In this new world, there are no clear answers, no correct, positive thoughts that definitively replace your negative thoughts with, and you cannot just passively observe the bad things that happen in the world or the bad things you think, you must take them to task with all your might. You cannot just force yourself to paint over a bad situation with false happiness and positivity, you must embrace the darkest pits of your soul and of reality itself. The self-inflicted oppression of pity must be squarely rejected. Where reassurance, awareness, and rebutting negative thoughts is just not enough, the test of battle provides unimpeachable proof of victory, hope, and competence, and an unshakable foundation for confidence. Then, coming out as a survivor from that “cold, dark alley,” you will prove to the world, and most importantly, to yourself, that you have earned your place. The outcome of combat will be “Checked Ego, Strong Body, Strong Mind, Strong Spirit.” You have created your own story, something beautiful, perhaps something that can only be bought with blood. Jon Moxley has led the way, and with Adam Page choosing to go on this journey with him, they have made a marvel for the world to see, setting an example for all of us. Moxley’s approach not only creates a great wrestling story but is also instructive in creating a new “Muscular Psychology” that guides its followers toward peace not through reframing and scaling down their emotions, but through the resolution of them through battle and triumph. We are sure to see more as he and Page go to battle again in a Texas Death Match at Revolution in March, as he faces Evil Uno this week, and perhaps other Dark Order members on their path of redemptive combat in the weeks to follow.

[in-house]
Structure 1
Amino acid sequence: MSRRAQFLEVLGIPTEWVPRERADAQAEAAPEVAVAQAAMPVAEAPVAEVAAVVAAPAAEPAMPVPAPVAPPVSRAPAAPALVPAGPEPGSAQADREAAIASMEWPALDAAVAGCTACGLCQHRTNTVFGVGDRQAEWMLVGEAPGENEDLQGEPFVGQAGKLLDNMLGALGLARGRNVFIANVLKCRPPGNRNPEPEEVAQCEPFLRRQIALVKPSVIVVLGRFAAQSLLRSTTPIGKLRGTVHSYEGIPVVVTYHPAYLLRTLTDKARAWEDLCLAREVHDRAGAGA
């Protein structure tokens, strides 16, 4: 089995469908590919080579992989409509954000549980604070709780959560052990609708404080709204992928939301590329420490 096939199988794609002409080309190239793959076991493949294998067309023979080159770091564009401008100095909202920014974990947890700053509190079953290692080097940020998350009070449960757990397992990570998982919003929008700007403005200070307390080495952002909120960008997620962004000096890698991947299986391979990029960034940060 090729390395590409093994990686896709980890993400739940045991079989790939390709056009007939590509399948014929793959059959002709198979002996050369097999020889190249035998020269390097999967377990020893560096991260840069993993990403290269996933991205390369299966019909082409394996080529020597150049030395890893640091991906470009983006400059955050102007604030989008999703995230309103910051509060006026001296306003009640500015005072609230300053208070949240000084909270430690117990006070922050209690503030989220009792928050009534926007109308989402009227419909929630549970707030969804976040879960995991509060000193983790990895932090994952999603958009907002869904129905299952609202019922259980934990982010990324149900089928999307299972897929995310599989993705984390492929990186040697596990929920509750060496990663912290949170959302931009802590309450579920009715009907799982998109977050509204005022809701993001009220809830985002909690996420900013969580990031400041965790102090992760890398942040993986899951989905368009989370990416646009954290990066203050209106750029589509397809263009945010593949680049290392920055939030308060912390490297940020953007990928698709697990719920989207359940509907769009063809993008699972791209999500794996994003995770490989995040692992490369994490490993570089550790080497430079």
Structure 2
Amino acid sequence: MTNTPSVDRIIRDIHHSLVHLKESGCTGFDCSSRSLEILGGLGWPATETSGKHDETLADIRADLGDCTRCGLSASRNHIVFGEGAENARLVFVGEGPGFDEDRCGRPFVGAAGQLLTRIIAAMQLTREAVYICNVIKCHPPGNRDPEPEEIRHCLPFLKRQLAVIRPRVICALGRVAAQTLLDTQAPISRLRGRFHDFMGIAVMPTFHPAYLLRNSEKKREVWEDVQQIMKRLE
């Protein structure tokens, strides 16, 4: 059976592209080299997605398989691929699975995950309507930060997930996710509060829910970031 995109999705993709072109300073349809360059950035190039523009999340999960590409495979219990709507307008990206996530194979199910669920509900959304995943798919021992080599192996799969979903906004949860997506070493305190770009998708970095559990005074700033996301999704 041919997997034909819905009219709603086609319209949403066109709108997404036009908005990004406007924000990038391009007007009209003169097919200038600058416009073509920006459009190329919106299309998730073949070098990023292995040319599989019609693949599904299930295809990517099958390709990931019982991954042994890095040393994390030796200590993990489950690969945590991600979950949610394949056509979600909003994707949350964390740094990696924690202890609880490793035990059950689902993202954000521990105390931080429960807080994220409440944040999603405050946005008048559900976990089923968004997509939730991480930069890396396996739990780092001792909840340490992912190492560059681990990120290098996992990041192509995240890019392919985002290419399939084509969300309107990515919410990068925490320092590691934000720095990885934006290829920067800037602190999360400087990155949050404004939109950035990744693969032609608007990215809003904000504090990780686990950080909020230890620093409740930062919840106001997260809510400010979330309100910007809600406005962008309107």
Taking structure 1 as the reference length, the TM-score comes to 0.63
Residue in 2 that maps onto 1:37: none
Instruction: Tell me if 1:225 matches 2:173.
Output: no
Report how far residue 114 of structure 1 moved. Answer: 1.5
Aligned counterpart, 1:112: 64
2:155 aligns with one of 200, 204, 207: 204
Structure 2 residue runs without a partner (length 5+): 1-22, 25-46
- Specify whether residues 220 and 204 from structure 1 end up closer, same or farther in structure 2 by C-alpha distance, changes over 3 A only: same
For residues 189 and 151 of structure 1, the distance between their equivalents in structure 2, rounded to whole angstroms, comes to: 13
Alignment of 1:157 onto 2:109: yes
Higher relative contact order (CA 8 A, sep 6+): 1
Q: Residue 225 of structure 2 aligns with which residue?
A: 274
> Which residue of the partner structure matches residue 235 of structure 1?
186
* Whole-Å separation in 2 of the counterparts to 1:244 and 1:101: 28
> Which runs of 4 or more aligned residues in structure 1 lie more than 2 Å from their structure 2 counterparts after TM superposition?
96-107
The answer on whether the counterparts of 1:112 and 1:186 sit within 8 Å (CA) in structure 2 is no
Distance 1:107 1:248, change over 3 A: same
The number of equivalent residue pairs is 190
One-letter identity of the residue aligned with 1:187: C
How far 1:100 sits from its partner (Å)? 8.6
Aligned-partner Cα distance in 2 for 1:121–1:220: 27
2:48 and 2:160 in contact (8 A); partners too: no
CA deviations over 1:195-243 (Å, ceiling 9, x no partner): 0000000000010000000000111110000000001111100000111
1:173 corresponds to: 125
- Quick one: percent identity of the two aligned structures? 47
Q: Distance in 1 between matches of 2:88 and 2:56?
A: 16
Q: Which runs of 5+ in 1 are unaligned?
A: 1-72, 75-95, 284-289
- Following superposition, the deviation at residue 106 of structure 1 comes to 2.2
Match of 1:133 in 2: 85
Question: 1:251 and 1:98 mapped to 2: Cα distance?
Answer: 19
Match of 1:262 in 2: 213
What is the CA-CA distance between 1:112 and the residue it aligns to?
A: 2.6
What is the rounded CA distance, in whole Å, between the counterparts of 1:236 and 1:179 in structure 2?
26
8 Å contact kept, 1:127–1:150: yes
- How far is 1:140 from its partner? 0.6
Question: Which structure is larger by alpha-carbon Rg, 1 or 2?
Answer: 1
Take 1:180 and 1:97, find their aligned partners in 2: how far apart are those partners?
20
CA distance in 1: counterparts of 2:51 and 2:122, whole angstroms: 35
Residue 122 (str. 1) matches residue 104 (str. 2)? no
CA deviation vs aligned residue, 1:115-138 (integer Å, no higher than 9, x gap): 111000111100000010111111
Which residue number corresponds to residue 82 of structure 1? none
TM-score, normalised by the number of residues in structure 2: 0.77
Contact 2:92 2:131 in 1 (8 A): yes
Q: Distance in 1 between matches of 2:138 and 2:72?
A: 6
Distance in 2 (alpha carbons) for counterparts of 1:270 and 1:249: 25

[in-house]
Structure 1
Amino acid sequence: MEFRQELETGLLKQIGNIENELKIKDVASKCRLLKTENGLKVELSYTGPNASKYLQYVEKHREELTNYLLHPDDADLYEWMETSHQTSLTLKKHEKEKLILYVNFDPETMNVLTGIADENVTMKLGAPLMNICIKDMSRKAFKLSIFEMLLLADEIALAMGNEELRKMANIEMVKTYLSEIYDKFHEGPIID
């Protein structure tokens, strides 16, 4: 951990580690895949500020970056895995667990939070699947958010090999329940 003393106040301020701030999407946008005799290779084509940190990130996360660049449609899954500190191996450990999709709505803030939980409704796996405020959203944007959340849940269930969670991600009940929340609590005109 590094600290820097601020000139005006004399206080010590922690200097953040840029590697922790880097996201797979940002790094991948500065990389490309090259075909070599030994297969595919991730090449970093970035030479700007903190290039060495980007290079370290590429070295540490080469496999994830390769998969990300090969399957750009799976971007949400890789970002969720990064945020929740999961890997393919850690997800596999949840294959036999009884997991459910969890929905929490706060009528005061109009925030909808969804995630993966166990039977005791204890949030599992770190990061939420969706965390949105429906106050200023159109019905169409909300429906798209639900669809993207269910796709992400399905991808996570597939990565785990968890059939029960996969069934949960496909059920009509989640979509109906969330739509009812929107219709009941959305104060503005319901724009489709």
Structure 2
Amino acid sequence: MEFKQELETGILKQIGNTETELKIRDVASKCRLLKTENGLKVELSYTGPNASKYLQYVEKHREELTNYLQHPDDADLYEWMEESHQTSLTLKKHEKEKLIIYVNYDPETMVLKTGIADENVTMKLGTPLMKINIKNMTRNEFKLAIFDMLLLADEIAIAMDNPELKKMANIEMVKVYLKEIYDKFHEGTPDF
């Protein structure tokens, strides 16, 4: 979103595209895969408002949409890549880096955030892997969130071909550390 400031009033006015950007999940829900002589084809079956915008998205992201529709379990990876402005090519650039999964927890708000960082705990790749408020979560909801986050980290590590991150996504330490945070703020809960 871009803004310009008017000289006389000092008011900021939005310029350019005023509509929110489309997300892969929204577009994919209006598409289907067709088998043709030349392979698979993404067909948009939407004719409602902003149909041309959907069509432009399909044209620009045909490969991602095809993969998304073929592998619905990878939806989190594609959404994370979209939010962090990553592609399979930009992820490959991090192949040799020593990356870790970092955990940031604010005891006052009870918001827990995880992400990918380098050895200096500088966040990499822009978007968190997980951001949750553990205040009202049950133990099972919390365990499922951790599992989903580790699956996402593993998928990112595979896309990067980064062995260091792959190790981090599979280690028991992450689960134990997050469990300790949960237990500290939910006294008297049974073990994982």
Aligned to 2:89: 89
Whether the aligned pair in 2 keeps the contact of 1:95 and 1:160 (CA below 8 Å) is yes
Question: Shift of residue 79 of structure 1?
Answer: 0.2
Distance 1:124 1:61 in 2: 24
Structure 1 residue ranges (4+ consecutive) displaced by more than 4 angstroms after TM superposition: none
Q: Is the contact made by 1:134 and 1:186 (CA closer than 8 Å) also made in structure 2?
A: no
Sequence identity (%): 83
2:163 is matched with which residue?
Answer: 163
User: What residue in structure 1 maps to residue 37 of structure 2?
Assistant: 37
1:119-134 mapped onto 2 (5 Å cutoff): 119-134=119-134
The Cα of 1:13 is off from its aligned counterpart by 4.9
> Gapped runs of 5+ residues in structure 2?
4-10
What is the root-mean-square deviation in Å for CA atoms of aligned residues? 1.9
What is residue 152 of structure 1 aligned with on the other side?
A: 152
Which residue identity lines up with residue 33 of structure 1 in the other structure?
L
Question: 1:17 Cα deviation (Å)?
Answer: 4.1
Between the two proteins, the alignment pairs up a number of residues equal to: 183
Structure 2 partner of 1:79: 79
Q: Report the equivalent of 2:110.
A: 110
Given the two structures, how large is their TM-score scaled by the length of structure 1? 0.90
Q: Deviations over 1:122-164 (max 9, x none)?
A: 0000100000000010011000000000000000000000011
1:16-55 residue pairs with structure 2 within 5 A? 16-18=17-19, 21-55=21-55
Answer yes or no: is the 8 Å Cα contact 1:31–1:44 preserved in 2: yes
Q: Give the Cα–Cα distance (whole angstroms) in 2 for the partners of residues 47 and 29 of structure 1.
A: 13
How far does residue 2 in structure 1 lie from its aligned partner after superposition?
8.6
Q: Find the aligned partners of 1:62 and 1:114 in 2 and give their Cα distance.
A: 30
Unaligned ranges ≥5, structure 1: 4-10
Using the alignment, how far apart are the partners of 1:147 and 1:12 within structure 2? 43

Greyson Peltier is the host of The Fixerpunk Podcast, a podcast seeking to Bridge The Divide Between Personal and Social Change, a communications consultant specializing in social impact and political advocacy, and founder of consulting firm Off Speed Solutions. Peltier holds a BA in Political Science from the University of Southern California, an Associate’s degree in Social and Behavioral Sciences from Coastline College, and has been featured in media outlets like Vice, ESPN Radio KLAA, USA Radio Network, Sportskeeda, and Street Fight Radio.



This content is for entertainment and general informational purposes only. We do not warrant or guarantee the accuracy of the information herein. The viewer should not rely solely upon such and consult a competent professional before deciding to follow any course of action. If you have any mental health or medical concerns, we urge you to contact your health care provider.